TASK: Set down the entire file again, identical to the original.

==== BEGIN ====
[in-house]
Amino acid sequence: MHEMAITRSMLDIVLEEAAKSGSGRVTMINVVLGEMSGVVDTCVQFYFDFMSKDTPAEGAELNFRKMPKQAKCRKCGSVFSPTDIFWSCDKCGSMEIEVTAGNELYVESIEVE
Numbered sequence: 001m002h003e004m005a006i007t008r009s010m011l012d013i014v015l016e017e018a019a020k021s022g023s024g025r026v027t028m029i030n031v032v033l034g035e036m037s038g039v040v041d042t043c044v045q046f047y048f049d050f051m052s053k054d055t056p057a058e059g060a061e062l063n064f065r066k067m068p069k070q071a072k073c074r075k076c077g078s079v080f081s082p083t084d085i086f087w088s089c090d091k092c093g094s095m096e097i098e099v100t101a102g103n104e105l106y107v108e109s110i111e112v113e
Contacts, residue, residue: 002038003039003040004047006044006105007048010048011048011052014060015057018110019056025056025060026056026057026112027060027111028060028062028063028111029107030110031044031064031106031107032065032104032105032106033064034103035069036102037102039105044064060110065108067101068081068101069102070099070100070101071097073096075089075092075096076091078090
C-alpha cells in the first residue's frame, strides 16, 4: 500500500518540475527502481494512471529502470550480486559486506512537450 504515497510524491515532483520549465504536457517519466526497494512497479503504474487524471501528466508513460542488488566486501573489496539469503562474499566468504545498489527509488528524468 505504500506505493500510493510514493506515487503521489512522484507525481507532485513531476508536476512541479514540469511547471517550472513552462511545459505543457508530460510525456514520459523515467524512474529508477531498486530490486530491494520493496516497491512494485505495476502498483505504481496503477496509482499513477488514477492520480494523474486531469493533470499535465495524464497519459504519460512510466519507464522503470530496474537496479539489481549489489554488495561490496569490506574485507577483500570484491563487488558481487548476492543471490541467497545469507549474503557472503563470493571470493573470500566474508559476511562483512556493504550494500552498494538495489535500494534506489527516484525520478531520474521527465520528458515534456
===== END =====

[in-house]
Amino acid sequence: MHEMAITRSMLDIVLEEAAKSGSGRVTMINVVLGEMSGVVDTCVQFYFDFMSKDTPAEGAELNFRKMPKQAKCRKCGSVFSPTDIFWSCDKCGSMEIEVTAGNELYVESIEVE
Numbered sequence: 001m002h003e004m005a006i007t008r009s010m011l012d013i014v015l016e017e018a019a020k021s022g023s024g025r026v027t028m029i030n031v032v033l034g035e036m037s038g039v040v041d042t043c044v045q046f047y048f049d050f051m052s053k054d055t056p057a058e059g060a061e062l063n064f065r066k067m068p069k070q071a072k073c074r075k076c077g078s079v080f081s082p083t084d085i086f087w088s089c090d091k092c093g094s095m096e097i098e099v100t101a102g103n104e105l106y107v108e109s110i111e112v113e
Contacts, residue, residue: 002038003039003040004047006044006105007048010048011048011052014060015057018110019056025056025060026056026057026112027060027111028060028062028063028111029107030110031044031064031106031107032065032104032105032106033064034103035069036102037102039105044064060110065108067101068081068101069102070099070100070101071097073096075089075092075096076091078090
C-alpha cells in the first residue's frame, strides 16, 4: 500500500518540475527502481494512471529502470550480486559486506512537450 504515497510524491515532483520549465504536457517519466526497494512497479503504474487524471501528466508513460542488488566486501573489496539469503562474499566468504545498489527509488528524468 505504500506505493500510493510514493506515487503521489512522484507525481507532485513531476508536476512541479514540469511547471517550472513552462511545459505543457508530460510525456514520459523515467524512474529508477531498486530490486530491494520493496516497491512494485505495476502498483505504481496503477496509482499513477488514477492520480494523474486531469493533470499535465495524464497519459504519460512510466519507464522503470530496474537496479539489481549489489554488495561490496569490506574485507577483500570484491563487488558481487548476492543471490541467497545469507549474503557472503563470493571470493573470500566474508559476511562483512556493504550494500552498494538495489535500494534506489527516484525520478531520474521527465520528458515534456